Mr. SMITH served as Mayor of the city of Madison in the years 1858, 1859, 1860 and 1878. In the years 1864 and 1869, he represented the Madison district in the Assembly, and was deemed one of the ablest men there, both as a worker on committees and as a debater on the floor of the house. He occupied the position of party leader on all political questions. His ability and experience fully entitled him to that distinction. The interests of his constituents never suffered in his hands.

In 1864, and again in 1872, Mr. SMITH was the Democratic candidate for Congress in his district. In both instances, he canvassed the district with much ability and thoroughness, but met with defeat on both occasions, not on account of his own unpopularity, but from the fact that his party was in the minority. In 1869, he received the Democratic vote for United States Senator, in opposition to Matt. H. CARPENTER, the successful candidate.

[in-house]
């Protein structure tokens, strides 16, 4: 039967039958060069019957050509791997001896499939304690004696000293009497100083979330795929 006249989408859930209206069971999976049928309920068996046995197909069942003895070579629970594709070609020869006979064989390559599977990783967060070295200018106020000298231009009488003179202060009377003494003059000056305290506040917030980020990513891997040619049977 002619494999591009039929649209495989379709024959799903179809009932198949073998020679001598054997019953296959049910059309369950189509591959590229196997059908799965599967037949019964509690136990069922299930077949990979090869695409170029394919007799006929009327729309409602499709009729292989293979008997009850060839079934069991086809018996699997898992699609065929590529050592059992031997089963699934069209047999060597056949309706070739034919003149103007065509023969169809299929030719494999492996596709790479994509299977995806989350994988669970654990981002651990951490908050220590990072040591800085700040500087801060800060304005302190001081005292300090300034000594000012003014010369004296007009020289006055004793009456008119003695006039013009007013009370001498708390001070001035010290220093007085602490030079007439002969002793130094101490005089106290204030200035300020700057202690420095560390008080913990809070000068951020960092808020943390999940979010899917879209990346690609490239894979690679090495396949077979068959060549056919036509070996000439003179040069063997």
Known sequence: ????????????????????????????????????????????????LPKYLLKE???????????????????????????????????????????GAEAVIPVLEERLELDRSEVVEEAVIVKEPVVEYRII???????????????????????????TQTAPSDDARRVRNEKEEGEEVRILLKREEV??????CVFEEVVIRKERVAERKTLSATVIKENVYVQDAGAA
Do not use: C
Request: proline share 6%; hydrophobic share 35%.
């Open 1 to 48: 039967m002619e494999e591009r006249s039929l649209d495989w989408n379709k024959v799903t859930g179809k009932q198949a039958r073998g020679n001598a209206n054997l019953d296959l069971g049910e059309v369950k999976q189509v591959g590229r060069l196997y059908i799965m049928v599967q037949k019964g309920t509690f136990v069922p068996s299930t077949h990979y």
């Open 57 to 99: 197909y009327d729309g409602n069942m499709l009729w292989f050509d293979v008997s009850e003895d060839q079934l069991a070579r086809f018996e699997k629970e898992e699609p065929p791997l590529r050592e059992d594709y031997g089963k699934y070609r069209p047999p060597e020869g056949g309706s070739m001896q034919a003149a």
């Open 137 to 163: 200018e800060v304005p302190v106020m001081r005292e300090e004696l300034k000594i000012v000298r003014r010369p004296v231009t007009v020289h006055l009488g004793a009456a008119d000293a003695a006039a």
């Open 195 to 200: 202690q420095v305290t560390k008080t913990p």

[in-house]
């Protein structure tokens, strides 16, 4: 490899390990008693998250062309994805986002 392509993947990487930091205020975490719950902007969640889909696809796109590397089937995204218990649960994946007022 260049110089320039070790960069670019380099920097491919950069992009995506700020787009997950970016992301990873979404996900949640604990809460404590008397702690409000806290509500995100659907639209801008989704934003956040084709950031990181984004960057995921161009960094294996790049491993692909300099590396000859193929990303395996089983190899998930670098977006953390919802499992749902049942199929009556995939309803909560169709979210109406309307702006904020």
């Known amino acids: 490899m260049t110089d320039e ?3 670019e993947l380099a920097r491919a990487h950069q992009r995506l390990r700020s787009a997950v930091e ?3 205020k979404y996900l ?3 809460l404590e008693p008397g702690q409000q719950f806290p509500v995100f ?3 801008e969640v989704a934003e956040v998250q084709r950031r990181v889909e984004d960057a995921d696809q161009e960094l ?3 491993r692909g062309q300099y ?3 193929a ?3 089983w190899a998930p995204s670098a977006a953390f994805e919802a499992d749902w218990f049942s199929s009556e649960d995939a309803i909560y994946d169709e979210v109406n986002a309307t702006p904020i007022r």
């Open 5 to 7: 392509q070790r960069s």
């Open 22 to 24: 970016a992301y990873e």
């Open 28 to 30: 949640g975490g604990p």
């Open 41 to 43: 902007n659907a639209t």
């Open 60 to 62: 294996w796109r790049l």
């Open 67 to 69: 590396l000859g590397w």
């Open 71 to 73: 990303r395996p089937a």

He was a candidate for Presidential Elector in 1868 and in 1872. In the latter campaign, he took an active part in favor of the election of Horace Greeley to the Presidency. He represented his State twice in national conventions of his party. At St. Louis, in 1876, he made a speech, deemed the greatest political effort of his life, which gave him much national reputation, and would doubtless have been followed with distinguished preferment had the candidates there nominated been successful before the people. The only other public position of prominence that Mr. SMITH has occupied was in 1876, when he was designated as one of the distinguished visitors to Louisiana to supervise the canvass of the vote of that State for Presidential Electors.